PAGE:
in News March 17, 2017

We teach our children not to speak to strangers

This generation is a lot more tech aware, from tablets to smartphones, the National Literacy Trust has found that 86% of school-age children own a mobile phone.

There is no doubting the benefits of the instantaneous nature of today’s technology; it is a means for parents to keep up with their children’s’ whereabouts. More so, as consumers, we have been sold the different applications of these so called gadgets.

Despite the benefits of having a mobile, it is now the internet access that has opened up a whole new world, for the younger generation. As a parent, you would assume that your child uses their phone to chat with friends or family; but that may not always be the case.

A study from Cox Communications found that 69% of teenagers regularly receive online personal messages from strangers. Many parents may be unaware of this fact, as only 21% of teens would tell a trusted adult about it.

On Tuesday 14th March 2017, Strengthening Faith Institution and Near Neighbours delivered a training workshop on safeguarding in Leicester. This concerned the issue of internet safety and was aimed at faith institutions, as they are an integral part of the local community. The training also focused on child abuse and that this can occur from anywhere from the home to school and even faith institutions.

Reverend Dr Tom Wilson from St Philip’s Center, opened the event by discussing the importance of safeguarding in faith institutions or places of worship. He went on to state that:

“Many faith institutions notice a child needs support and if they don’t have a policy in place it gets really messy, it is very unfortunate when incidents take place, at St. Philips we have had to help children over the years.”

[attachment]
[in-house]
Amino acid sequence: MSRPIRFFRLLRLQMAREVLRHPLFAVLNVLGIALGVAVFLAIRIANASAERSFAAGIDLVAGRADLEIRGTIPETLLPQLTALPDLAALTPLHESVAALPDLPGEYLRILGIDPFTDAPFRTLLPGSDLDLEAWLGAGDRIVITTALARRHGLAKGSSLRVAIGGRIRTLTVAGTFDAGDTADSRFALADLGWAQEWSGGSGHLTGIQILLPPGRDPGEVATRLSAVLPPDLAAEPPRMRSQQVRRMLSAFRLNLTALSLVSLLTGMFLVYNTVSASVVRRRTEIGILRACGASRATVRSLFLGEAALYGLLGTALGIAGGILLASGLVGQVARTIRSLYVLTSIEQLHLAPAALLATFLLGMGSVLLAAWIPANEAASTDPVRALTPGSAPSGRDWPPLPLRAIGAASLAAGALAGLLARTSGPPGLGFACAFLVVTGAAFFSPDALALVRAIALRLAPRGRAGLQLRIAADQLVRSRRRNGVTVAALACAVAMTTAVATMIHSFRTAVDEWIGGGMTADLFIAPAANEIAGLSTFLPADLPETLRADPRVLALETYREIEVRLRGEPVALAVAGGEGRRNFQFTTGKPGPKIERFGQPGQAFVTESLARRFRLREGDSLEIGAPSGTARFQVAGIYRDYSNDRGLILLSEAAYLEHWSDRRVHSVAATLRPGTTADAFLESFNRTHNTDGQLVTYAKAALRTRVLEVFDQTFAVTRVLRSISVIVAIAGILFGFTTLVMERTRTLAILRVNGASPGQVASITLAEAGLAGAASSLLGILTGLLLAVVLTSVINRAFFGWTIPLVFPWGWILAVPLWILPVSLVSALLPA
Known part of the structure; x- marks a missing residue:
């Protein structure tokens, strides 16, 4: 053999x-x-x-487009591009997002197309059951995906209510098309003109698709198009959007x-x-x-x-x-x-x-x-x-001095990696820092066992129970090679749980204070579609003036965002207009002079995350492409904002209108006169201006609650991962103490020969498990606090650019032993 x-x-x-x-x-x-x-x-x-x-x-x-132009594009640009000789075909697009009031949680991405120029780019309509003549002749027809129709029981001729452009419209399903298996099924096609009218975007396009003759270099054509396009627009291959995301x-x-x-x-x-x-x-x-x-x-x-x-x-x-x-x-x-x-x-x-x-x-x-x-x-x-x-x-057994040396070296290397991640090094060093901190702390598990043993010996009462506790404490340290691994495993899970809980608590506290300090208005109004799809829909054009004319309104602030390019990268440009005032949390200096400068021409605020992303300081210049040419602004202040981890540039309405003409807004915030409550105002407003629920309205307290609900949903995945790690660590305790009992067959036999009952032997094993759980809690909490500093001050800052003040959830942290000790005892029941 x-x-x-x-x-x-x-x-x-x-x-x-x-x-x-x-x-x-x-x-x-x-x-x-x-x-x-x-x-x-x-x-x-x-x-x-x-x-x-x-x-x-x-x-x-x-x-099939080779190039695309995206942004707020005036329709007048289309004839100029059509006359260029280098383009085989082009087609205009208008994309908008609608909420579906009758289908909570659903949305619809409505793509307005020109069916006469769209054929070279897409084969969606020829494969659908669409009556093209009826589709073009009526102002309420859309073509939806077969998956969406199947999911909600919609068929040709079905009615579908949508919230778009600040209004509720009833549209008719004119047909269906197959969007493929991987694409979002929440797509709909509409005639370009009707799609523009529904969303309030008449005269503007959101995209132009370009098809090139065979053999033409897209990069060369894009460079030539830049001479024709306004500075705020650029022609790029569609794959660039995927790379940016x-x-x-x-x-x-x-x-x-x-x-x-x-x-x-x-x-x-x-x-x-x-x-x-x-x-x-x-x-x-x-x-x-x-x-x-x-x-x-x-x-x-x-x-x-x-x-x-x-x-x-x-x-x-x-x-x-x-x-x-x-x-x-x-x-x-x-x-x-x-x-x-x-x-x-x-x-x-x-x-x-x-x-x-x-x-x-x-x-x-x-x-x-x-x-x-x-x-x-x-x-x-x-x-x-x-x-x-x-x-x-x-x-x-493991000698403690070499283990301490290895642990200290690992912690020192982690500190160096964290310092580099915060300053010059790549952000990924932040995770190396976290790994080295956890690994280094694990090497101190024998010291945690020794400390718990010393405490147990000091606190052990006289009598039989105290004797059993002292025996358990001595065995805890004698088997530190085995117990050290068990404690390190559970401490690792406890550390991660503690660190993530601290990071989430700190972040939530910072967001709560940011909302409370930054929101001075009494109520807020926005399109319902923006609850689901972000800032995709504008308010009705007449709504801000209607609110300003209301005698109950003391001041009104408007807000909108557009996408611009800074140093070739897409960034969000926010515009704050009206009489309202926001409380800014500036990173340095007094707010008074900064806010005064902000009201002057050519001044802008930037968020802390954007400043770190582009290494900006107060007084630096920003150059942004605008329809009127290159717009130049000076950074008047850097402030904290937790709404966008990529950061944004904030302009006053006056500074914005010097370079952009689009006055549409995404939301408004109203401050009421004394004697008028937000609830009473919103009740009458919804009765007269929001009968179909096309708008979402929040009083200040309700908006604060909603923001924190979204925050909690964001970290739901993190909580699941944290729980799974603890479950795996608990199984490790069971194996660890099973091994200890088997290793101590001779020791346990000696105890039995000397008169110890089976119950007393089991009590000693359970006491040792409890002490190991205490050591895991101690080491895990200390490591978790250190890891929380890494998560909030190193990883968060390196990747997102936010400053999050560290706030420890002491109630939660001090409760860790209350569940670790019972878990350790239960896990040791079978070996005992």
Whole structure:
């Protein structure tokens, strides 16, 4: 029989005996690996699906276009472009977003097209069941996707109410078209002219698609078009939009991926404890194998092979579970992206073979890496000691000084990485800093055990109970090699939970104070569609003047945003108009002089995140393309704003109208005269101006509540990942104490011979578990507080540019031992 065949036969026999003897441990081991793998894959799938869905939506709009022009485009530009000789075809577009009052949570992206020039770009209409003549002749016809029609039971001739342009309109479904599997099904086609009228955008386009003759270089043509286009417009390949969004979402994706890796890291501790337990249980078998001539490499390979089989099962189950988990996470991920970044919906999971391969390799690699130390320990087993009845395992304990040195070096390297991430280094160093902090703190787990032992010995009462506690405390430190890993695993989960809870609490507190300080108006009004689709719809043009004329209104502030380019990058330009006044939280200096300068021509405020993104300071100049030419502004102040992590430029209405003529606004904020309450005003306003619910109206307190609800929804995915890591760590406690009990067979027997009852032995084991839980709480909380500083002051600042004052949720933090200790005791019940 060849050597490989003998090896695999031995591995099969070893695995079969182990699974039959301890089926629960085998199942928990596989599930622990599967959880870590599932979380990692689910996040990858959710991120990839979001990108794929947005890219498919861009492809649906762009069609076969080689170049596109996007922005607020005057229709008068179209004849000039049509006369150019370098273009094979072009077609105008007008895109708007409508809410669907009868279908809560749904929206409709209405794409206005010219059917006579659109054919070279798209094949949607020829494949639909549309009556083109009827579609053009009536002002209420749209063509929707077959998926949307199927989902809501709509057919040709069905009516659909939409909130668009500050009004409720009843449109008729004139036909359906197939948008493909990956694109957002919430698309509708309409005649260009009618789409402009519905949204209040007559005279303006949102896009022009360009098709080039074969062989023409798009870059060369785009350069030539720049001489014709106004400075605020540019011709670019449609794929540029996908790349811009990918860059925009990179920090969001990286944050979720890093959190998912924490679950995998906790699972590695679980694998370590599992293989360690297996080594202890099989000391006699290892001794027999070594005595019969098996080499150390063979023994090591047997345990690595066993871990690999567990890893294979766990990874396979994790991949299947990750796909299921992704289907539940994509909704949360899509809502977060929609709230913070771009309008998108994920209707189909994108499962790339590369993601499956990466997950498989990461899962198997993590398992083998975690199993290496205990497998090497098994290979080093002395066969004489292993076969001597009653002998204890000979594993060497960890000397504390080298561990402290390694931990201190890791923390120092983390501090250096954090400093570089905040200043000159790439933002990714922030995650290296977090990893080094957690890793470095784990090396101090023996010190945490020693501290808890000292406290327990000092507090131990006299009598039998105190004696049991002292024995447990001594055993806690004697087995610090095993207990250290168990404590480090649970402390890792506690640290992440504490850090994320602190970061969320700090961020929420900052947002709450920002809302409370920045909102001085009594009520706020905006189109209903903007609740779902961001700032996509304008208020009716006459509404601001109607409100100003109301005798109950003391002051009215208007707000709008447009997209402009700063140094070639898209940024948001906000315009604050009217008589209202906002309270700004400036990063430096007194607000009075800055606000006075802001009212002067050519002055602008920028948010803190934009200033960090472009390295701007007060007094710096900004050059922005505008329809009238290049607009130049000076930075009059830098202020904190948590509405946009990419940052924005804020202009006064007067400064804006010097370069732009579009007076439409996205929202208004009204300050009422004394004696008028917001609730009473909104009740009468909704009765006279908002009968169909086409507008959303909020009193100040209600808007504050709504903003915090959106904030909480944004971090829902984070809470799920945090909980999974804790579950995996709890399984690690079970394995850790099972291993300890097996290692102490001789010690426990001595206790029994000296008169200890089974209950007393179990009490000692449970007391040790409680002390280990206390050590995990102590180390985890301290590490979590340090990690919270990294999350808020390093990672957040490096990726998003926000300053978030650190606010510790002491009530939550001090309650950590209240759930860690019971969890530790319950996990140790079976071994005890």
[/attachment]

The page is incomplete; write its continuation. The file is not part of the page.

A recent incident occurred at a faith based supplementary school in North London; a Whatsapp group was set up for year 6 and year 7 school children where the posts are described by parents as “horrific”, and “the number of disturbing posts are in the thousands.”

The children in Year 6 informed teachers that they were repeatedly being invited to join the group; the faith based supplementary school informed parents and one reported having looked through the messages that they “were wholly inappropriate, chain messages and there was a picture of a person hanging themselves with a chilling message attached like a postcard picture”.

Other parents have reported that the language used was inappropriate and expressed their concerns; “the fact the school took immediate action to inform parents of the Whatsapp group demonstrates that the school has undertaken intense safeguarding training.”

Given the number of children involved with unknown participants demonstrates the concerns around e-safety and the importance of such safeguarding training for all those who are in contact with children.

As children and young people are unable to protect themselves alone, adults whether parents, teachers and members of faith institutions or the local community have the responsibility to protect them as best we can.

Helen Duncan, from Leicester City Council who attended the training stated that:

“It is our duty of care to protect children and young people from physical abuse, emotional abuse, sexual abuse, verbal abuse and neglect.”


The Government has a guidance which sets out the different responsibilities organisations have to safeguard and protect children. The guidance also sets out what they should do if they have any concerns that a child is at risk of abuse.

Find out here how child protection works in England, Northern Ireland, Scotland and Wales.

in News March 17, 2017